NORMAN, Okla. - A new study has found a shift in tornado frequency, with an increase in states along the Mississippi River and decreasing in Oklahoma and Texas.
The study was co-authored by Victor Gensini, a professor of atmospheric sciences at Northern Illinois University, and Dr. Harold Brooks, a senior research scientist with the National Severe Storms Laboratory with the National Weather Service in Norman.
"One of the things we’ve been interested in for a long time, trying to find ways we can understand why tornadoes have changed — if they’ve changed over time," Brooks said. "It’s a hard thing to do,in large part because we collect the reports differently. We pay more attention now. We have more awareness, so the reports change all of the time for reasons that have nothing to do with the weather."
The study includes data from 1979 through 2017.
"The biggest thing we found was that, when we look both at reports processed the right way and we look at the environmental conditions that storms form in — the kinds of things we would use to forecast that tornadoes are going to occur — we found that both of them see an increase in the frequency of occurrence of tornadoes in the mid-south, so Tennessee, Mississippi, eastern Arkansas and it’s decreased in Texas and Oklahoma over the last 40 years," Brooks said. "If we looked over a decade, we would see maybe 5 percent fewer tornadoes or 10 percent, depending on exactly where you look."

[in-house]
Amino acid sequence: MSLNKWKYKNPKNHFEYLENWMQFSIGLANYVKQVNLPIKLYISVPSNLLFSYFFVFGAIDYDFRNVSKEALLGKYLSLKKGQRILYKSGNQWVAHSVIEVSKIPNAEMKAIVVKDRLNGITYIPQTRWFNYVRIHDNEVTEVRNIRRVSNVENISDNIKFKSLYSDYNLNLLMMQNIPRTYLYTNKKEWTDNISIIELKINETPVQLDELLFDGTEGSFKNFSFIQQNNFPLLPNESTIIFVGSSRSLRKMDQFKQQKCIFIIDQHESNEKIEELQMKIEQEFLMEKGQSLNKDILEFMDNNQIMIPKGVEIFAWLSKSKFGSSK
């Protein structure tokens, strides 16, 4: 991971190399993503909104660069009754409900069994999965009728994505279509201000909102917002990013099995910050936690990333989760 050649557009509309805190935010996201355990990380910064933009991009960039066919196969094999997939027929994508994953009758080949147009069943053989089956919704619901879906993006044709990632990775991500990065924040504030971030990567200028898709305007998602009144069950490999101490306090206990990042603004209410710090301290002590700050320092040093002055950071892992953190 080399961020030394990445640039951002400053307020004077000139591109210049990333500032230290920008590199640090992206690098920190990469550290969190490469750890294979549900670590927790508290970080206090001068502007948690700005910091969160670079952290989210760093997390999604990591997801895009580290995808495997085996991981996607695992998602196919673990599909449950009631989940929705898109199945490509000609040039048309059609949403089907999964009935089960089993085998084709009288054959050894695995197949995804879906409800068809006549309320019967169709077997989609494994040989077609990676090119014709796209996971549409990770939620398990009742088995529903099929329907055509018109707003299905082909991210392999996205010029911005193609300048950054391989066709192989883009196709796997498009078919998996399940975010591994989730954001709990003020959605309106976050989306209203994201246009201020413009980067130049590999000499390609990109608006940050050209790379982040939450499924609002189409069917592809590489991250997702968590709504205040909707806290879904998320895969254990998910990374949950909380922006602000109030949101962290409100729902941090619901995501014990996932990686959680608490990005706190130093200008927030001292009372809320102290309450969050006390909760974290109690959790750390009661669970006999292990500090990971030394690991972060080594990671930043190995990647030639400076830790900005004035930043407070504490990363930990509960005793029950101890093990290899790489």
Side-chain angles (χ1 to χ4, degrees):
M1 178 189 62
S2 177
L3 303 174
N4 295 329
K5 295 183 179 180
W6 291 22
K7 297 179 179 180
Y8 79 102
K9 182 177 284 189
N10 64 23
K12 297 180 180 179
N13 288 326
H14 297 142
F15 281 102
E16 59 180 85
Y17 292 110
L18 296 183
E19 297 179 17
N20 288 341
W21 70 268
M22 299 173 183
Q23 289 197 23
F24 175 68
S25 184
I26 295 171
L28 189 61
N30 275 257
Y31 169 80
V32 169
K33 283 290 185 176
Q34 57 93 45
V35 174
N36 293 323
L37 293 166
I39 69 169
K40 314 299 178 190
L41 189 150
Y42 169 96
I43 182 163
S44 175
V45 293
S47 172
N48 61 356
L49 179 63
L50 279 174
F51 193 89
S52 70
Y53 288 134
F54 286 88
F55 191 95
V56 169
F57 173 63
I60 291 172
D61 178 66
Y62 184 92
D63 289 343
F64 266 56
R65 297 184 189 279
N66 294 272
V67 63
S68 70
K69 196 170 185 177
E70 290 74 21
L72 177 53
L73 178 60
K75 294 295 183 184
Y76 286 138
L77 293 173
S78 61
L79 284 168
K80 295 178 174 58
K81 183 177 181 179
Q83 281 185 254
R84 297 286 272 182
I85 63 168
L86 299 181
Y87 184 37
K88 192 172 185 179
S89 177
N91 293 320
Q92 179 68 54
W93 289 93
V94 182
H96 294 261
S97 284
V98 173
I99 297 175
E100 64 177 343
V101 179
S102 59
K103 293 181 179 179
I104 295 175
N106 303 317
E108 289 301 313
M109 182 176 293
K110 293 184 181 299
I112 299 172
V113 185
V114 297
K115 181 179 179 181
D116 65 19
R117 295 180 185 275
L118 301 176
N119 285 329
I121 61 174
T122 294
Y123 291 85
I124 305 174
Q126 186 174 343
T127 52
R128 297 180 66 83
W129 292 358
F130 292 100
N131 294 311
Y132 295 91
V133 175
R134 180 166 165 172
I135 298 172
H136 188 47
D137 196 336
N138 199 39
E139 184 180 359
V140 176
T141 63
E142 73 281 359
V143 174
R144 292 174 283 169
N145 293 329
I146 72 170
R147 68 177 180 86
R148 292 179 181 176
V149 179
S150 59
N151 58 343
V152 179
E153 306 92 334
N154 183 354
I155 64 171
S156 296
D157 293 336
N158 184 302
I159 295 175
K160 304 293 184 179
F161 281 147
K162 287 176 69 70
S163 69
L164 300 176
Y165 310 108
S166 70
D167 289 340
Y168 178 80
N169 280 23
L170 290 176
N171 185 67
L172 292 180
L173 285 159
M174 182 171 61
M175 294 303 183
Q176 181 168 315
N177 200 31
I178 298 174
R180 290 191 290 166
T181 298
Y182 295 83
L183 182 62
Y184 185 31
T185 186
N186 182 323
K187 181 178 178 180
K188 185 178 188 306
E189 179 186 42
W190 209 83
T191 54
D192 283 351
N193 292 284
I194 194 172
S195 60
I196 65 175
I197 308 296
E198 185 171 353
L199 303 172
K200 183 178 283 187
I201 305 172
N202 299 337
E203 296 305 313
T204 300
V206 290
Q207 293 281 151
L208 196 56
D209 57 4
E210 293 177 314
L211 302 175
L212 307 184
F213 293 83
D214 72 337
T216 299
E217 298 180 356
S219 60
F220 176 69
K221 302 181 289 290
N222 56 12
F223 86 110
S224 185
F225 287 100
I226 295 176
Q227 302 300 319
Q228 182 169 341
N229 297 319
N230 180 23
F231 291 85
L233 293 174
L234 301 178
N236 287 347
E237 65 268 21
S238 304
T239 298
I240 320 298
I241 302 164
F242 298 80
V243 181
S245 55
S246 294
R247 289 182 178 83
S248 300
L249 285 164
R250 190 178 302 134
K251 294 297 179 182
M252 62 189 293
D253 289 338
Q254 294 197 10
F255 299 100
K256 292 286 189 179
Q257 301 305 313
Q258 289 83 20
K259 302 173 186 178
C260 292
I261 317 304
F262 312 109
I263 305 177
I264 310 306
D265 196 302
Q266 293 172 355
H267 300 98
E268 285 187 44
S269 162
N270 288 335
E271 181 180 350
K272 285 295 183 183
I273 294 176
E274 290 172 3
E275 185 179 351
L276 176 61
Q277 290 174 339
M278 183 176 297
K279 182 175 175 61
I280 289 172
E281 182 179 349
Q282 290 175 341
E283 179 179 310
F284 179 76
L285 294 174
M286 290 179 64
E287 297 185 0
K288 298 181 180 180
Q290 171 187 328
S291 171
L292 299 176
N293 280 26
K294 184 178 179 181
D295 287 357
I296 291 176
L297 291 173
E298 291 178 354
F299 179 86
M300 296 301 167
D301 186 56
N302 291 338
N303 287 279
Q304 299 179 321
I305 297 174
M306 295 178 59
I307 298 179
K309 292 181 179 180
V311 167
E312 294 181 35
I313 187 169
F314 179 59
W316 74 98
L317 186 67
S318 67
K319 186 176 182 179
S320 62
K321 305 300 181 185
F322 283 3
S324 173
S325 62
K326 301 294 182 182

However, he told News 4 on Wednesday the reasoning behind the apparent shift remains an unanswered question.
"We see the change, and it corresponds with a time in which we’ve seen the planet warm, so there’s a real temptation to associate it with global warming but it’s not clear that’s what’s going on. There may be larger long-time scale changes that take place in the atmosphere we can’t figure out yet," Brooks said.
Even so, the results from the study does not mean Oklahoma will ever tornado-free, experts said.
"I think, for Oklahomans, the biggest takeaway is whether or not there is a shift in tornadoes… a subtle shift... from the central or eastern U.S. in Oklahoma, the meteorology and the geography will basically not change. That means we still have the probability of having the higher-end tornadoes, which represent a bigger threat to life and property," said KFOR chief meteorologist Mike Morgan.
For a link to the study, click here.